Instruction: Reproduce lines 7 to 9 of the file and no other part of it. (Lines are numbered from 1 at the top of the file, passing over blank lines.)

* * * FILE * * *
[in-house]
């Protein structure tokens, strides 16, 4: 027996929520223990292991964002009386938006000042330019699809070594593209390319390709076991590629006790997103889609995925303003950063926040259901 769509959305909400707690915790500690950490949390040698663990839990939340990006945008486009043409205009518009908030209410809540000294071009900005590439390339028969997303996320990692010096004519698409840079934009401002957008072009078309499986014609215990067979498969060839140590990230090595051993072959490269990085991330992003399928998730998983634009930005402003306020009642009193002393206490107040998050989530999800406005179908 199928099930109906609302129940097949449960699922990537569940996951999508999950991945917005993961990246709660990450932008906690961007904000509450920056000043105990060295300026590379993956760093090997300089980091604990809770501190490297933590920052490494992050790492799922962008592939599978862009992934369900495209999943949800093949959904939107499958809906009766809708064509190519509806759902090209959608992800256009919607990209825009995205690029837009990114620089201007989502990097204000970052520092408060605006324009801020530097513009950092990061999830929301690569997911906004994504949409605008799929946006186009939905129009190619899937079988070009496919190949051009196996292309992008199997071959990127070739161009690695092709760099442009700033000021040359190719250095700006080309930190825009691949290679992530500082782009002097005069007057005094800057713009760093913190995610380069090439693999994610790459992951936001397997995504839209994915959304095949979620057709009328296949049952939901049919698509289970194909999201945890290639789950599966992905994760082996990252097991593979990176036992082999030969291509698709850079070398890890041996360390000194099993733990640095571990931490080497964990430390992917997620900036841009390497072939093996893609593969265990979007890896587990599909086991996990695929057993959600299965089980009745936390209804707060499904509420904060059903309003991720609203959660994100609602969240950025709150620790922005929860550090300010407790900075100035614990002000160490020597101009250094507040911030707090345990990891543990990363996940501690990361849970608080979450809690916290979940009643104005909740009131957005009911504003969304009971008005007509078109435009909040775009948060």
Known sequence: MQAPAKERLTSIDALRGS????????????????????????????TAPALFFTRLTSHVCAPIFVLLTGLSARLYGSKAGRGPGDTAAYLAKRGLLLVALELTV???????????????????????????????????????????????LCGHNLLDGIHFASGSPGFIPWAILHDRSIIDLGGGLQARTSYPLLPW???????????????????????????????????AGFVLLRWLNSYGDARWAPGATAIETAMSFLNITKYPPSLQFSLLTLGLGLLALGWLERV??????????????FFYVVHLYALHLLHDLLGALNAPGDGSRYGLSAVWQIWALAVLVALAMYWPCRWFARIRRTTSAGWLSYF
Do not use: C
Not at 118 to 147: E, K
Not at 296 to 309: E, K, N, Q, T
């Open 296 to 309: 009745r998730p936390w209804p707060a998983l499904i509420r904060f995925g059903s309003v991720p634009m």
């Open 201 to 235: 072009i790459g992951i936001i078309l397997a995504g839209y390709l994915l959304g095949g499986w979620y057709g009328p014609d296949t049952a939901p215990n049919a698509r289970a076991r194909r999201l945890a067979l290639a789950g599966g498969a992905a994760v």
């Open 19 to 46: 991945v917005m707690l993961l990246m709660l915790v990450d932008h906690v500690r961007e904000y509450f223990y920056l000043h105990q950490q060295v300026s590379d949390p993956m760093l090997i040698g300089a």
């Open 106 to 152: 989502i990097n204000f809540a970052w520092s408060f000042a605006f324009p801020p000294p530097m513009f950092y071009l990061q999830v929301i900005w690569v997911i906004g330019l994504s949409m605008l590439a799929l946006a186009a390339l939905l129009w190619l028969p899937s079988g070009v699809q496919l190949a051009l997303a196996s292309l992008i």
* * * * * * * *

């Open 296 to 309: 009745r998730p936390w209804p707060a998983l499904i509420r904060f995925g059903s309003v991720p634009m």
């Open 201 to 235: 072009i790459g992951i936001i078309l397997a995504g839209y390709l994915l959304g095949g499986w979620y057709g009328p014609d296949t049952a939901p215990n049919a698509r289970a076991r194909r999201l945890a067979l290639a789950g599966g498969a992905a994760v």
């Open 19 to 46: 991945v917005m707690l993961l990246m709660l915790v990450d932008h906690v500690r961007e904000y509450f223990y920056l000043h105990q950490q060295v300026s590379d949390p993956m760093l090997i040698g300089a």